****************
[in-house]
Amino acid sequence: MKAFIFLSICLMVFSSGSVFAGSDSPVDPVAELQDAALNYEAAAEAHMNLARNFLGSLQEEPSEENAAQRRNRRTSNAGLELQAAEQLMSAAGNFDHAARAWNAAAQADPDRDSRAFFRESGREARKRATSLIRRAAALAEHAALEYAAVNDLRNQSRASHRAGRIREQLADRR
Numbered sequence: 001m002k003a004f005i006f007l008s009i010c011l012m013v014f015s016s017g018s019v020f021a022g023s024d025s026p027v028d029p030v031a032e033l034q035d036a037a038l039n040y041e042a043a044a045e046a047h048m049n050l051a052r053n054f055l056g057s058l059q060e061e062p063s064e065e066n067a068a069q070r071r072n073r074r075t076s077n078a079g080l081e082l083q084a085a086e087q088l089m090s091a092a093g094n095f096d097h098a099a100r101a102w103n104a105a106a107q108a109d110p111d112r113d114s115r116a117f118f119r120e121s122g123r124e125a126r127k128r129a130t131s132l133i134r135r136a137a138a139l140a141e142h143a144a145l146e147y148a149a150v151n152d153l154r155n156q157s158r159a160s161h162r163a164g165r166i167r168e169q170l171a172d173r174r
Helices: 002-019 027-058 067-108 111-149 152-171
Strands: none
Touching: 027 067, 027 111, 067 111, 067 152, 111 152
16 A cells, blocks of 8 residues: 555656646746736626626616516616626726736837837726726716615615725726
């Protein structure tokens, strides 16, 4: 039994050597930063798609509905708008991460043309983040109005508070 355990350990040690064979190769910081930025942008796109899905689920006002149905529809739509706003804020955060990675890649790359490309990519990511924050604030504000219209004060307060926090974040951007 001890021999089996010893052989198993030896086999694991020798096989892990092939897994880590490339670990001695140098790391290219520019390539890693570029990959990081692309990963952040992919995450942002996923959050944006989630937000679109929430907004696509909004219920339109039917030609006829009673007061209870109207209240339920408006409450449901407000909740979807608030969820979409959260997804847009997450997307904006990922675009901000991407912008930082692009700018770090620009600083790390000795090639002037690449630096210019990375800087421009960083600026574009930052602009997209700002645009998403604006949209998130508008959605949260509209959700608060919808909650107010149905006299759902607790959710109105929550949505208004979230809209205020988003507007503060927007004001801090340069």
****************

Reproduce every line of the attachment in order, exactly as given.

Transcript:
[in-house]
Amino acid sequence: MKAFIFLSICLMVFSSGSVFAGSDSPVDPVAELQDAALNYEAAAEAHMNLARNFLGSLQEEPSEENAAQRRNRRTSNAGLELQAAEQLMSAAGNFDHAARAWNAAAQADPDRDSRAFFRESGREARKRATSLIRRAAALAEHAALEYAAVNDLRNQSRASHRAGRIREQLADRR
Numbered sequence: 001m002k003a004f005i006f007l008s009i010c011l012m013v014f015s016s017g018s019v020f021a022g023s024d025s026p027v028d029p030v031a032e033l034q035d036a037a038l039n040y041e042a043a044a045e046a047h048m049n050l051a052r053n054f055l056g057s058l059q060e061e062p063s064e065e066n067a068a069q070r071r072n073r074r075t076s077n078a079g080l081e082l083q084a085a086e087q088l089m090s091a092a093g094n095f096d097h098a099a100r101a102w103n104a105a106a107q108a109d110p111d112r113d114s115r116a117f118f119r120e121s122g123r124e125a126r127k128r129a130t131s132l133i134r135r136a137a138a139l140a141e142h143a144a145l146e147y148a149a150v151n152d153l154r155n156q157s158r159a160s161h162r163a164g165r166i167r168e169q170l171a172d173r174r
Helices: 002-019 027-058 067-108 111-149 152-171
Strands: none
Touching: 027 067, 027 111, 067 111, 067 152, 111 152
16 A cells, blocks of 8 residues: 555656646746736626626616516616626726736837837726726716615615725726
């Protein structure tokens, strides 16, 4: 039994050597930063798609509905708008991460043309983040109005508070 355990350990040690064979190769910081930025942008796109899905689920006002149905529809739509706003804020955060990675890649790359490309990519990511924050604030504000219209004060307060926090974040951007 001890021999089996010893052989198993030896086999694991020798096989892990092939897994880590490339670990001695140098790391290219520019390539890693570029990959990081692309990963952040992919995450942002996923959050944006989630937000679109929430907004696509909004219920339109039917030609006829009673007061209870109207209240339920408006409450449901407000909740979807608030969820979409959260997804847009997450997307904006990922675009901000991407912008930082692009700018770090620009600083790390000795090639002037690449630096210019990375800087421009960083600026574009930052602009997209700002645009998403604006949209998130508008959605949260509209959700608060919808909650107010149905006299759902607790959710109105929550949505208004979230809209205020988003507007503060927007004001801090340069």